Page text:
Handcrafted furniture, PA Dutch quality

id amish furnitureLooking for Amish-made furniture in Idaho?

Amish are known for their fine handmade cabinets, bedrooms, office furniture, outdoor chairs and tables, and more.  While Amish do not live in Idaho, Amish-crafted furniture is available to residents of the state.

Though the nearest Amish community may be many miles away, Idaho residents have at least one option for Amish-made furniture in the state–in the Boise area, and within driving distance from other Idaho population centers such as Twin Falls.

Idaho Amish furniture stores

Amish FurnitureHeritage Reflections‎
3175 East Copper Point Drive
Meridian, ID 83642-1741
(208) 855-9885
heritagereflections.com/amish_furniture.html
Amish-made beds, dressers, bookshelves, hutches, dining sets, hickory furniture, TV consoles, recliners, chairs, tables, clocks and more.

Sheri’s Home Interiors
1190 Timberline Center
Priest River, ID 83856
(208) 448-2443
priestriverblog.com/sheris/
Rustic Amish log furniture from Amish-owned Montana Woodworks.




For Amish furniture dealers beyond Idaho, visit the Amish Furniture main directory, with full listings of Amish furniture businesses in the USA and Canada.

Note to Idaho residents: Please be sure to check opening hours of any Amish furniture businesses listed in this guide before traveling long distances to visit them.  While we strive to keep this directory up-to-date, business locations and availability can change.  Not responsible for changes to information.

Amish woodworking

Amish furniture enjoys a burgeoning reputation.  Over the past few decades, Amish have transitioned away from a primarily agricultural lifestyle to one which incorporates entrepreneurship along with traditional farming.  Furniture has been a key part of that transition, and Amish-made furniture products have developed a reputation for high quality and value.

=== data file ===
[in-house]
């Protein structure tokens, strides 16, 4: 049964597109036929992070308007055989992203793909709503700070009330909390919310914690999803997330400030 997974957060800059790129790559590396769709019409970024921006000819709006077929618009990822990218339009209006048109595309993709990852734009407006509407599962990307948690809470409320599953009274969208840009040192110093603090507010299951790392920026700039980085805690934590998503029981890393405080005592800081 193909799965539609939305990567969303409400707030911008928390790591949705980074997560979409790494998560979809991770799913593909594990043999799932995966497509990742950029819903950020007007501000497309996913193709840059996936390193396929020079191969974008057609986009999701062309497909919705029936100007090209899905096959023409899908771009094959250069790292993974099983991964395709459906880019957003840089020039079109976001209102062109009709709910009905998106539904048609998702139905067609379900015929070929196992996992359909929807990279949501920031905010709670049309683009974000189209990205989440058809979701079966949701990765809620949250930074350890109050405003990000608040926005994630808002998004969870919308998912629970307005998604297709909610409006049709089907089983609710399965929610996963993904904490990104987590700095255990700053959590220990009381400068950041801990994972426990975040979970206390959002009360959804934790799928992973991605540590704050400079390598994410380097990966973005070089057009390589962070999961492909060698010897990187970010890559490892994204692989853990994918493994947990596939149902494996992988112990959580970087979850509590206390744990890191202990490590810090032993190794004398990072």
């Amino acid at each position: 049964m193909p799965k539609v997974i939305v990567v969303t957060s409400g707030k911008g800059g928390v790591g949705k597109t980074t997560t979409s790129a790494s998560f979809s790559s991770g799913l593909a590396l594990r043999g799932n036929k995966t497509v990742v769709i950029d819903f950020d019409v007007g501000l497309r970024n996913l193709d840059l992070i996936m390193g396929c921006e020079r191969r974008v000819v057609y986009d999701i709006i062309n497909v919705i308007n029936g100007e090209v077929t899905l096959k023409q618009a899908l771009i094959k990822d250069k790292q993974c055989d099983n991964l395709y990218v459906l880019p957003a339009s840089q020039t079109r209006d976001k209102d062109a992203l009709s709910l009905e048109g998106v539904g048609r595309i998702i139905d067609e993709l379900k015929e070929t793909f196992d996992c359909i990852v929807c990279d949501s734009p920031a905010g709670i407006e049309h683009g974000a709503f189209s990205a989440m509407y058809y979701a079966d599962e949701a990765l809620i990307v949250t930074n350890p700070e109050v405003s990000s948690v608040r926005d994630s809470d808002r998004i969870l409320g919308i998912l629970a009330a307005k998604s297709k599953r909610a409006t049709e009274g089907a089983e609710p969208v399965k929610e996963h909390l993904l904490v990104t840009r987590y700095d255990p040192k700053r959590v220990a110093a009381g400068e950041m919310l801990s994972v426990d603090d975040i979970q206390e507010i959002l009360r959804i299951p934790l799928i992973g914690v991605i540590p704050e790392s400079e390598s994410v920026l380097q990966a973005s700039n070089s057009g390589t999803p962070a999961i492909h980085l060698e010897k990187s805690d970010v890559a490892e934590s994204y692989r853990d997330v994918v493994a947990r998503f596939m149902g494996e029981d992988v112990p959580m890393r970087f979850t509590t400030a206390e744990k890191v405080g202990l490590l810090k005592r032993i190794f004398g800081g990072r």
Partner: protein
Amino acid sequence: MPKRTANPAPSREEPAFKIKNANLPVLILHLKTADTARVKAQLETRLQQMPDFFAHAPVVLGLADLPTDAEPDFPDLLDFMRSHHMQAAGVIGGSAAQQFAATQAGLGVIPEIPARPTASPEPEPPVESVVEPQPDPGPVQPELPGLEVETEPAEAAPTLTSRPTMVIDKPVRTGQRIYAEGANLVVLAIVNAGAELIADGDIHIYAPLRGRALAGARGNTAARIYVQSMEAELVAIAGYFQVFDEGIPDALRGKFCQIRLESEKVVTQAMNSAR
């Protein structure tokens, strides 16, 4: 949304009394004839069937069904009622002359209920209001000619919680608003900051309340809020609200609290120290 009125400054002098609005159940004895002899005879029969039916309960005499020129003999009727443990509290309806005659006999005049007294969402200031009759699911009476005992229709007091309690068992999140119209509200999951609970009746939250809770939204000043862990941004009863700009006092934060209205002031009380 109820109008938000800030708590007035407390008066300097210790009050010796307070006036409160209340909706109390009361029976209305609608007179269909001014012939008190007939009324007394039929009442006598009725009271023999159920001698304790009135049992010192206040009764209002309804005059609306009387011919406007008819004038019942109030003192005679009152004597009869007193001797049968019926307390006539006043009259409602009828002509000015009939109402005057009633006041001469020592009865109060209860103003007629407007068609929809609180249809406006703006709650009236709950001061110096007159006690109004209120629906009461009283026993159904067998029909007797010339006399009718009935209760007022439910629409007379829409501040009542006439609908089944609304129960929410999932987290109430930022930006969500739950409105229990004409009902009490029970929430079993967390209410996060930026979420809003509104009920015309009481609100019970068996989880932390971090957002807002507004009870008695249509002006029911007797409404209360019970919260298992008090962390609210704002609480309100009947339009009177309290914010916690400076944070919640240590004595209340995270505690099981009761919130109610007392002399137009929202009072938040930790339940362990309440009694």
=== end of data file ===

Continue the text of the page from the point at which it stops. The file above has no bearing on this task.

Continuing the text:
Amish wood working shops run the gamut from the small side businesses–ie, an Amish farmer may operate a small furniture business to supplement his income–to large manufacturers producing products in industrial-sized facilities, away from the home (the traditional site of the Amish shop).  Most however are of a smaller scale, employing primarily family or a handful of employees.

Amish woodcraft is known for its high quality and careful attention to detail.  Amish typically build furniture from quality  hardwoods such as oak, elm, walnut, maple, and cherry.  Some manufacturers produce pine furniture and rustic hickory pieces as well.

Amish market their furniture through a variety of means.  Some Amish sell furniture directly from their property, often through a retail showroom built near the workshop where furniture is made.  Numerous Amish produce primarily for a wholesale furniture market, however, often working with non-Amish dealers to distribute their pieces across the country.

Though Amish typically do not own or run their own websites, they may cooperate with a third party (non-Amish) which manages and maintains a web presence–allowing Amish access to online markets while remaining true to the strictures of the Ordnung, or guidelines for daily living, which outline acceptable practices in each Amish church in the areas of technology, dress, etc.

Purchasers of Amish furniture often like to visit a showroom to see what is available.  A number of Amish craftsmen create custom furniture in a wide range of styles, from the contemporary to the classic (Mission, Shaker, Craftsman, and Queen Anne are common).  Many Amish online furniture retailers sell products primarily for delivery across the country, and feature online catalogs in which potential buyers can peruse their full offer.

In recent years, Amish have expanded from their traditional heartland in states like PA, OH, and IN, moving to northern and western states, often in search of cheap farmland.  Numbers of the new migrants have also set up businesses, including furniture shops (see Amish communities in Colorado and Montana).

As recently as the mid-2000s, a small Amish group was found near the town of Bonners Ferry in Boundary County, ID (see David Luthy’s Why Amish Settlements Fail: Extinct Settlements 1961-2007).  Today the nearest Amish settlements to Idaho can be found at communities in western Montana.

Perhaps in the future Idahoans will be able to visit Amish furniture craftsmen in-state, but for the time being, Gem State residents can visit Amish furniture retailers either within Idaho or in neighboring states (or shop from the comfort of home via an online Amish furniture dealer).


Question on the Amish? Get answers to 300+ questions in 41 categories at the Amish FAQ.